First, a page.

EditorialThe Common Review Short Story Prize Winners
Congratulations to the winners of our annual short story prize! And thanks to judge Gina Frangello for choosing our winners.
Gina Frangello is the author of two critically acclaimed books of fiction, Slut Lullabies (Emergency Press 2010) and My Sister's Continent (Chiasmus 2006). She is the executive editor and co-founder of Other Voices Books and the editor of the fiction section at The Nervous Breakdown. Gina's short fiction has appeared or is forthcoming in a wide array of publications including Prairie Schooner, Fence, StoryQuarterly, and Swink. She teaches in Columbia College's Fiction Writing Department. and her novel, London Calling, will be published in 2012. Gina can be found online at www.ginafrangello.com.
All prize winners, plus two Honorable Mentions, will receive a free copy of The Great Books Foundation Short Story Omnibus. First prize will receive $400 and publication in TCR Online. Second prize will receive $200 and our two third prize winners will receive $75 each.
First Prize: "The Cherry Tree" by Lowell Uda
Second Prize: "Stabbing Michael McDonald" by Dorian Kotsiopoulos
Third Prize: "The Blue Demon of Ikumi" by Kelly Luce and "I Listen to a Breath of Mine" by Matthew Hamity
Honorable Mentions: "Lake Trash" by Dan Moreau and "Softball" by Tobias Amadon Bengelsdorf
From Gina Frangello, on why she chose the winning story:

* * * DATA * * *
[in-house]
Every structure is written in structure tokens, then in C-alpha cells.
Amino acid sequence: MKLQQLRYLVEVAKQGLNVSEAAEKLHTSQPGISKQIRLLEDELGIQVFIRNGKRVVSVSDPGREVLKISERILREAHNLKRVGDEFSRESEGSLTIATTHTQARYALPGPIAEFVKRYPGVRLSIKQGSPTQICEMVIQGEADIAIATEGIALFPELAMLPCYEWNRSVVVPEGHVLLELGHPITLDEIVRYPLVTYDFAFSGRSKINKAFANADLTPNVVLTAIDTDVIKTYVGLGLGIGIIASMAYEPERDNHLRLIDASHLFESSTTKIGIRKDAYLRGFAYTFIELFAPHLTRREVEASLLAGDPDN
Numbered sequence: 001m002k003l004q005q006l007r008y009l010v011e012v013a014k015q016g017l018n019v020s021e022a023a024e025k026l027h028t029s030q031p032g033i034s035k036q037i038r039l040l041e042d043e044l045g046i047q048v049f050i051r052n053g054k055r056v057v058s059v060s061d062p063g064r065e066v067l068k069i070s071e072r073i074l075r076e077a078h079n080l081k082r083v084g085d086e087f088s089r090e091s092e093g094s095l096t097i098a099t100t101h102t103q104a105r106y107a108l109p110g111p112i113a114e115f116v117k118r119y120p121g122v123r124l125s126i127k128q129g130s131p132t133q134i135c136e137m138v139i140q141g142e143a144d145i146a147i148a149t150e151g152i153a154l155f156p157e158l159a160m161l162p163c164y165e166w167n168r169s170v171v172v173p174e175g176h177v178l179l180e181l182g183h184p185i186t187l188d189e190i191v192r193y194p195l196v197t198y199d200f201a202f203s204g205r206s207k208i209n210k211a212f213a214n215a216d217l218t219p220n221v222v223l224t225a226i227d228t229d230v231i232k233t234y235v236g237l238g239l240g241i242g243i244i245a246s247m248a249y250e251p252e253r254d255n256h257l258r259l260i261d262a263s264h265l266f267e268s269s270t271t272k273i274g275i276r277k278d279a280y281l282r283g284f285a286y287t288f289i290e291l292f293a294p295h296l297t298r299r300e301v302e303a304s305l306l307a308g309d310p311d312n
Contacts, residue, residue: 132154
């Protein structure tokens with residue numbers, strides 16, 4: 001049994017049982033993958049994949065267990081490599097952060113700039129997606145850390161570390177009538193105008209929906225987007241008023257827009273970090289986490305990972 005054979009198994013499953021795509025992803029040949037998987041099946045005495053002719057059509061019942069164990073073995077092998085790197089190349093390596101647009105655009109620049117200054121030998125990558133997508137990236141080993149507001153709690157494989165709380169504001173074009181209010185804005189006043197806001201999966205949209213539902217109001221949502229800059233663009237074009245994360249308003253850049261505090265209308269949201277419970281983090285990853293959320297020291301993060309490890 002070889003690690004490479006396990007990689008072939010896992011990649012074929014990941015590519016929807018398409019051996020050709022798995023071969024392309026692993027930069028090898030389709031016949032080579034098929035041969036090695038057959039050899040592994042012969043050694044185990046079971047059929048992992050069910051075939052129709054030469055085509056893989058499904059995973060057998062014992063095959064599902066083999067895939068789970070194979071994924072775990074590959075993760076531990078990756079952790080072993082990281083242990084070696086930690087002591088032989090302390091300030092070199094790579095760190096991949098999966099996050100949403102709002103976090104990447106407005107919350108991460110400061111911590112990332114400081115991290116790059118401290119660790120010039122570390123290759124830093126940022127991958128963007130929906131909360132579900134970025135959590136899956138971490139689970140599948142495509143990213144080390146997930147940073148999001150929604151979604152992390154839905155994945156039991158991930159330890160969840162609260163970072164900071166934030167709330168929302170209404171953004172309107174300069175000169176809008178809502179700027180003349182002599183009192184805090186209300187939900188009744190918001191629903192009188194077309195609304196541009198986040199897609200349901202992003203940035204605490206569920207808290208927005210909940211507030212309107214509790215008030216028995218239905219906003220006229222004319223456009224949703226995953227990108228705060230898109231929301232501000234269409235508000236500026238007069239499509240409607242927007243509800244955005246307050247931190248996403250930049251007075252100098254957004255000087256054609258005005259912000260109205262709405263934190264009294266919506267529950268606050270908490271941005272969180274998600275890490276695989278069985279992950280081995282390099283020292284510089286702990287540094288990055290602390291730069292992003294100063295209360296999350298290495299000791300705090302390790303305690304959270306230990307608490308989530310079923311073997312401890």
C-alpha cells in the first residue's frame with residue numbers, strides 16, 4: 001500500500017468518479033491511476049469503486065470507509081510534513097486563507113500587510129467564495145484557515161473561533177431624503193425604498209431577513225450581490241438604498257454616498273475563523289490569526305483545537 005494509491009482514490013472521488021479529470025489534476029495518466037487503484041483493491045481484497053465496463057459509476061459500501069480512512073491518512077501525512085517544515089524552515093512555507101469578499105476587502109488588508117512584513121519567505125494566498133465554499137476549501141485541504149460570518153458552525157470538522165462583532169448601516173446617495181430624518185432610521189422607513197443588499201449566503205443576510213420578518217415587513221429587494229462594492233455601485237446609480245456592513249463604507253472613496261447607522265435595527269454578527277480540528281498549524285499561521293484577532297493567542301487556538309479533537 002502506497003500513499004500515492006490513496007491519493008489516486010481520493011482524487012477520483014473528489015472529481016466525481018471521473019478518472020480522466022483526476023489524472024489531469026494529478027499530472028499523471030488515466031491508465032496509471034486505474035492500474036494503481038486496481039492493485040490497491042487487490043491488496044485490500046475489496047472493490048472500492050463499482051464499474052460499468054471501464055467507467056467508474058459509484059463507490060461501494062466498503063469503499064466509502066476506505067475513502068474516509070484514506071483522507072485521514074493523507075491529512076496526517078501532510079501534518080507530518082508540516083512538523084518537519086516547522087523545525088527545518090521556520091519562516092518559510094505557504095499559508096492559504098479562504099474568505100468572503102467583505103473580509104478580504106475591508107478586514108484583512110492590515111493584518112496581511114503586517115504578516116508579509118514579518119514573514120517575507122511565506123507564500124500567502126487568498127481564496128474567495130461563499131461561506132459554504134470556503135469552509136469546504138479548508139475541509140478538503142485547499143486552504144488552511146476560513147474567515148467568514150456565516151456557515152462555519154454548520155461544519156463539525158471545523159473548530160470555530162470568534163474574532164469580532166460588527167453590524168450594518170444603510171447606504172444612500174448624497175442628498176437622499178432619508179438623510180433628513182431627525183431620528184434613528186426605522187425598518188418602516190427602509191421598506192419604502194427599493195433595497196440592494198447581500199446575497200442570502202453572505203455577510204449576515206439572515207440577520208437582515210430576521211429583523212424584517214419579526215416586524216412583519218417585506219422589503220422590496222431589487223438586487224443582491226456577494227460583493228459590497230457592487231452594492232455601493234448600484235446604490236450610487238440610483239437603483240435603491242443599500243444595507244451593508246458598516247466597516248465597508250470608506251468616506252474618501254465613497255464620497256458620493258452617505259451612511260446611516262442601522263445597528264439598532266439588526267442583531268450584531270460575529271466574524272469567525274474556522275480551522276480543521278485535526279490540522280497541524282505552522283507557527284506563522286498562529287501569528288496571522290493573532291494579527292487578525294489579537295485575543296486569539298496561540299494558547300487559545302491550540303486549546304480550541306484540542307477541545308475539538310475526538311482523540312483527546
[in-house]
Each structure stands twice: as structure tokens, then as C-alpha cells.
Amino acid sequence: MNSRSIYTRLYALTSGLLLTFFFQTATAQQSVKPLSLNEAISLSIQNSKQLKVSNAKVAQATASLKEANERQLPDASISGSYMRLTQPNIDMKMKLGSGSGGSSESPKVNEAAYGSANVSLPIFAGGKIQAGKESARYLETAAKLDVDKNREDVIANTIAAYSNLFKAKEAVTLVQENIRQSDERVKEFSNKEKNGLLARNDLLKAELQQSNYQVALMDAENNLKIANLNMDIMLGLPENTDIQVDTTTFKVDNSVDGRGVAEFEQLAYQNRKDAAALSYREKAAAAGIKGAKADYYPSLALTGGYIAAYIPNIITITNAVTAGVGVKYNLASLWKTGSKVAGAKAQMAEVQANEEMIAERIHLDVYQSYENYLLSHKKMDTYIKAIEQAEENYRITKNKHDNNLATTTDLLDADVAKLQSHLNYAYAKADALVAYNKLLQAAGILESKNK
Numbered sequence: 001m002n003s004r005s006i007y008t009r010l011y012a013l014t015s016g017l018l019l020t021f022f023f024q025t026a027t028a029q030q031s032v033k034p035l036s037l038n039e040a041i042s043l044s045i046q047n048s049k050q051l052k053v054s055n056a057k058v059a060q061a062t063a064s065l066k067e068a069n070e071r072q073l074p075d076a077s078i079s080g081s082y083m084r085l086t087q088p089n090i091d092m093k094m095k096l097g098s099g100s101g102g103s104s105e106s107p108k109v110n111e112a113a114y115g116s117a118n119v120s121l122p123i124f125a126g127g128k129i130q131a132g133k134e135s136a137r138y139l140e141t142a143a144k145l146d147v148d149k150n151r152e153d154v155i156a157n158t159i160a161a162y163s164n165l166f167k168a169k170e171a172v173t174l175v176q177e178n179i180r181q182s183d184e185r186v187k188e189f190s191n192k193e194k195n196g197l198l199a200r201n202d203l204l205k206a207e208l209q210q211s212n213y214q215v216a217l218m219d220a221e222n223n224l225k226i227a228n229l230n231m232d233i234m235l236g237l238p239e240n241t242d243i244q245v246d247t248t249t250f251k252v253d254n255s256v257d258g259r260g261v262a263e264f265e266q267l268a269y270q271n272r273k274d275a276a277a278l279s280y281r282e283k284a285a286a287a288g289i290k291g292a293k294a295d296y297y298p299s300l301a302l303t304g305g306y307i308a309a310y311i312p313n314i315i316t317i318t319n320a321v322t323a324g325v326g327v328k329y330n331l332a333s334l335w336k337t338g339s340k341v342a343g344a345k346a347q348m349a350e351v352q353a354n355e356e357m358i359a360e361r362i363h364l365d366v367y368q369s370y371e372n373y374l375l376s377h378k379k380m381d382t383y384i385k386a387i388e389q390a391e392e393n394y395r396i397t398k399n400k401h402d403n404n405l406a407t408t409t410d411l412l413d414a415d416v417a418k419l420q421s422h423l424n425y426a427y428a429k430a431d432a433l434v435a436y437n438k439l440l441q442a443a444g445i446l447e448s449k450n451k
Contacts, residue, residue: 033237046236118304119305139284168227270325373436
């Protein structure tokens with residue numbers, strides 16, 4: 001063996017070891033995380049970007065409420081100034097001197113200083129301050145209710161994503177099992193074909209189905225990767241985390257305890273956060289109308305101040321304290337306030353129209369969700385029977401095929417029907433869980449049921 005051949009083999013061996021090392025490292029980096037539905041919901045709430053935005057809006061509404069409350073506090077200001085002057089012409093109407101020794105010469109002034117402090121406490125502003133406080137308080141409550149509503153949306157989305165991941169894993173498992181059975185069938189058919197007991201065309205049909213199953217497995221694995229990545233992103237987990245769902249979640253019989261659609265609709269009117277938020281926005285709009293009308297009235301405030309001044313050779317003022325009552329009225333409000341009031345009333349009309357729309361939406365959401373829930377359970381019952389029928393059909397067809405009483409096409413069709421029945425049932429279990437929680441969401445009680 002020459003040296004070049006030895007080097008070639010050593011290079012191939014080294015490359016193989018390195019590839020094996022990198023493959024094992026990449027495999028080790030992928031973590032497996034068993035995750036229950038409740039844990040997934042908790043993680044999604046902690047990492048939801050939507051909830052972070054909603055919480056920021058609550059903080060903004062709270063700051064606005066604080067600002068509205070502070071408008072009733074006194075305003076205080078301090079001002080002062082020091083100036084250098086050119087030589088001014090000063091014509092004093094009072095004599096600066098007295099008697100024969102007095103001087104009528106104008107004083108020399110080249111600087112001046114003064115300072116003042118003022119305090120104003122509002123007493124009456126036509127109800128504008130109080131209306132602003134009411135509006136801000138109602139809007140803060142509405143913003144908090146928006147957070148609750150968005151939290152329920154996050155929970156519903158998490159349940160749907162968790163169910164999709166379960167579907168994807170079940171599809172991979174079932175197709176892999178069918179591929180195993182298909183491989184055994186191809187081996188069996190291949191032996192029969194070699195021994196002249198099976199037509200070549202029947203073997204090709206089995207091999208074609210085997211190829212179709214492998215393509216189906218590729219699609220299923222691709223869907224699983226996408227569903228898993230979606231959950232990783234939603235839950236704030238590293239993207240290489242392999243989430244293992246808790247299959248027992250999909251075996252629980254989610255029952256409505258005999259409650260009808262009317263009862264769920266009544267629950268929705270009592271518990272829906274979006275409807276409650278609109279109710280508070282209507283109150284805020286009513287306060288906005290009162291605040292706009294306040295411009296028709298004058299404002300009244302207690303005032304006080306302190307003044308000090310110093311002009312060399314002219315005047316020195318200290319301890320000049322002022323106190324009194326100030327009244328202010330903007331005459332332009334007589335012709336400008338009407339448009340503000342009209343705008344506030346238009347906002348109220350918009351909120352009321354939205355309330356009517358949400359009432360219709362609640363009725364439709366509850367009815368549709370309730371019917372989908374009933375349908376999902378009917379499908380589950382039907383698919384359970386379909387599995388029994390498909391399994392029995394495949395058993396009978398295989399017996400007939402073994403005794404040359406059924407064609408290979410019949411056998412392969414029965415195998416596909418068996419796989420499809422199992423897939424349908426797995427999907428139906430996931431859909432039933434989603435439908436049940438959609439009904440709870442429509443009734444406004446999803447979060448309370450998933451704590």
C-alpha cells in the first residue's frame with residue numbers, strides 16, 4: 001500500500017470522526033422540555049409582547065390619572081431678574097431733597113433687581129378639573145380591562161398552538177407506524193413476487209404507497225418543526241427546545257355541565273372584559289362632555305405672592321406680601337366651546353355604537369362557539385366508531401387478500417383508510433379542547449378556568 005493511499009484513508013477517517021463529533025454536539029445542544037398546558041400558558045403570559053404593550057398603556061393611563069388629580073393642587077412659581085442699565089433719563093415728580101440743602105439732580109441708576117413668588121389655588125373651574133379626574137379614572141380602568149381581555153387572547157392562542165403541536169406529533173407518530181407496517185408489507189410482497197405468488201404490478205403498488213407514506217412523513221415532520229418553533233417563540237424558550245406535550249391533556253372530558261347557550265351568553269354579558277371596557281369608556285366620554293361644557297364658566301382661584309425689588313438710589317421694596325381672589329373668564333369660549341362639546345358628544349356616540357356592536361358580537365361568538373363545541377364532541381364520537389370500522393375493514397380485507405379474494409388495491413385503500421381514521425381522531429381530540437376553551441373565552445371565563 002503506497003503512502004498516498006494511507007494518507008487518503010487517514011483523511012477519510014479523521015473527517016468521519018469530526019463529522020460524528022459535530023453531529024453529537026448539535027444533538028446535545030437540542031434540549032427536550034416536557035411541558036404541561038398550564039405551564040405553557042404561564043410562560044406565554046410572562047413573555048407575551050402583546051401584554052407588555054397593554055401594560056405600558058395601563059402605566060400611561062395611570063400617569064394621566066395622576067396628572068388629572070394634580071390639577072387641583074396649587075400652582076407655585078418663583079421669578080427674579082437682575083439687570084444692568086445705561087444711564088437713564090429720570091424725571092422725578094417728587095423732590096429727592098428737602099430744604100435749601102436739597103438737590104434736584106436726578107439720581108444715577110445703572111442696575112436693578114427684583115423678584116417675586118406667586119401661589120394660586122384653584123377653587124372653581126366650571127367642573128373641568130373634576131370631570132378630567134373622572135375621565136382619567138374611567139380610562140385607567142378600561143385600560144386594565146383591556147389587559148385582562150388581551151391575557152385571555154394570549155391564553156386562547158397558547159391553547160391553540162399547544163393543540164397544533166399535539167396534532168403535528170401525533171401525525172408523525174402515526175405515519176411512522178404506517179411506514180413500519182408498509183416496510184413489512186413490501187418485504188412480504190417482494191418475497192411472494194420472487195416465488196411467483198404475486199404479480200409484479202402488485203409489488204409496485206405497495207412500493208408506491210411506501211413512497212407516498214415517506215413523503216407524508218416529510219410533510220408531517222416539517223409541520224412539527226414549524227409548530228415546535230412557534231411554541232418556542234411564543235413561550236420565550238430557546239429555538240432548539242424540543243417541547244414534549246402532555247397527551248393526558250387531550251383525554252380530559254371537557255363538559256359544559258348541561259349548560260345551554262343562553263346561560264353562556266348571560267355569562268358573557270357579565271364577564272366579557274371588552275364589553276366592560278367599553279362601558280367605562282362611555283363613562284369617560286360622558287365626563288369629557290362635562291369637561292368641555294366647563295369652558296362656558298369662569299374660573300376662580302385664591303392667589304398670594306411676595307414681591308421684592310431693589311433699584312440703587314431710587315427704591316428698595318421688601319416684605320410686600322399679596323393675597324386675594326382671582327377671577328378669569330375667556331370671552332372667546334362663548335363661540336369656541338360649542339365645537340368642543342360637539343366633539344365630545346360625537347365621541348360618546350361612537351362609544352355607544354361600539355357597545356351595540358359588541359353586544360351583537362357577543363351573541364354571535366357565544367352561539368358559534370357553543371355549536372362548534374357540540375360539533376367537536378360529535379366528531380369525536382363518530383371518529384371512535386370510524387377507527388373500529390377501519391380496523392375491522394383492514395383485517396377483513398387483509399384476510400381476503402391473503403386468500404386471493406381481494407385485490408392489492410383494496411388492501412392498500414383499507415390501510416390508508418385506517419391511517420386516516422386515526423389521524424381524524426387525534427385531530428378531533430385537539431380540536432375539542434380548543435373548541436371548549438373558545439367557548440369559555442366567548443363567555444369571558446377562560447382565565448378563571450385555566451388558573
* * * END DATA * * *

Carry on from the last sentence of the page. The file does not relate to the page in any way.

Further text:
I chose "The Cherry Tree" for several reasons, one of which is that I thought the subject matter felt genuinely poignant and relevant in an organic, almost casual way (instead of being either defiantly mundane or "straining for Importance" in ways that feel more constructed), but mainly because I felt completely, 100% immersed in the subjective world view of the protagonist. The way he saw things--from the merits of spanking his newly adopted kids who are barely more than toddlers, to the passionate way he feels about his wife--didn't strike me as always "conventionally sympathetic," but as unique, quirky and even at times problematic, but always believable. I felt wholly convinced that he was living his life according to his personal creed. Often, in fiction, even in stories with very strong voice, the sensibility/beliefs of the author creeps in through the cracks, and when a character views something in a different way than the way the author might, there is a sense of the author attempting to convince the reader that the character really believes such-and-such even though (wink-wink at the reader), WE know that's not how it is. In "Cherry Tree," that veil felt completely removed. The world felt fully the characters' and we intensely inhabited the skin of this new husband/father, who is perhaps in over his head.